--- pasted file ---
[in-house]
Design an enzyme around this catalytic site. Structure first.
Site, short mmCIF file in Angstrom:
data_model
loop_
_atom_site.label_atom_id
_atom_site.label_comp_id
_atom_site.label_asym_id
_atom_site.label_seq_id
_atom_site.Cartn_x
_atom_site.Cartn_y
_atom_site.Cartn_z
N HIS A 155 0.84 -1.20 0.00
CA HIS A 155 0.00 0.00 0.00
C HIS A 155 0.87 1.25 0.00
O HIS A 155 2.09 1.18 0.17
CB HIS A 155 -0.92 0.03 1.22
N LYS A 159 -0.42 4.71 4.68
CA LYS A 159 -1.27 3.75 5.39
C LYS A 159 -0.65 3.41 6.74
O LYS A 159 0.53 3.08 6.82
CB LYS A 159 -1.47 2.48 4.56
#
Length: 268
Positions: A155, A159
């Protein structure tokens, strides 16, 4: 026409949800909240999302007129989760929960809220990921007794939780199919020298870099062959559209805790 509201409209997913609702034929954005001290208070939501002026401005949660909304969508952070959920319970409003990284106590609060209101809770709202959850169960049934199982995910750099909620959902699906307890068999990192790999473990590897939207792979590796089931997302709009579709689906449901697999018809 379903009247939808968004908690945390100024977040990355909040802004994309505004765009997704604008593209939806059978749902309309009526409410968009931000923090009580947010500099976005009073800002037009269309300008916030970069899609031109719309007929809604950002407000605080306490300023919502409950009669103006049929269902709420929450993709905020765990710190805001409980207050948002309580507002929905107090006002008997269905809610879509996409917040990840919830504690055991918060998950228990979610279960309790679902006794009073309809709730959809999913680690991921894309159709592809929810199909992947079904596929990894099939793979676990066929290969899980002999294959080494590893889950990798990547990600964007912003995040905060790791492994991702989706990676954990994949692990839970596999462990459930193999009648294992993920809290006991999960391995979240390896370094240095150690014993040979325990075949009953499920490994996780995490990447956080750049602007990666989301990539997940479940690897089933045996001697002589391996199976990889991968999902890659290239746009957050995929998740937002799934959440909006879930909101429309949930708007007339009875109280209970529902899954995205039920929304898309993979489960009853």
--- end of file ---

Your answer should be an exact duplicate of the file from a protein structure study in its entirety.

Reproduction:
[in-house]
Design an enzyme around this catalytic site. Structure first.
Site, short mmCIF file in Angstrom:
data_model
loop_
_atom_site.label_atom_id
_atom_site.label_comp_id
_atom_site.label_asym_id
_atom_site.label_seq_id
_atom_site.Cartn_x
_atom_site.Cartn_y
_atom_site.Cartn_z
N HIS A 155 0.84 -1.20 0.00
CA HIS A 155 0.00 0.00 0.00
C HIS A 155 0.87 1.25 0.00
O HIS A 155 2.09 1.18 0.17
CB HIS A 155 -0.92 0.03 1.22
N LYS A 159 -0.42 4.71 4.68
CA LYS A 159 -1.27 3.75 5.39
C LYS A 159 -0.65 3.41 6.74
O LYS A 159 0.53 3.08 6.82
CB LYS A 159 -1.47 2.48 4.56
#
Length: 268
Positions: A155, A159
């Protein structure tokens, strides 16, 4: 026409949800909240999302007129989760929960809220990921007794939780199919020298870099062959559209805790 509201409209997913609702034929954005001290208070939501002026401005949660909304969508952070959920319970409003990284106590609060209101809770709202959850169960049934199982995910750099909620959902699906307890068999990192790999473990590897939207792979590796089931997302709009579709689906449901697999018809 379903009247939808968004908690945390100024977040990355909040802004994309505004765009997704604008593209939806059978749902309309009526409410968009931000923090009580947010500099976005009073800002037009269309300008916030970069899609031109719309007929809604950002407000605080306490300023919502409950009669103006049929269902709420929450993709905020765990710190805001409980207050948002309580507002929905107090006002008997269905809610879509996409917040990840919830504690055991918060998950228990979610279960309790679902006794009073309809709730959809999913680690991921894309159709592809929810199909992947079904596929990894099939793979676990066929290969899980002999294959080494590893889950990798990547990600964007912003995040905060790791492994991702989706990676954990994949692990839970596999462990459930193999009648294992993920809290006991999960391995979240390896370094240095150690014993040979325990075949009953499920490994996780995490990447956080750049602007990666989301990539997940479940690897089933045996001697002589391996199976990889991968999902890659290239746009957050995929998740937002799934959440909006879930909101429309949930708007007339009875109280209970529902899954995205039920929304898309993979489960009853």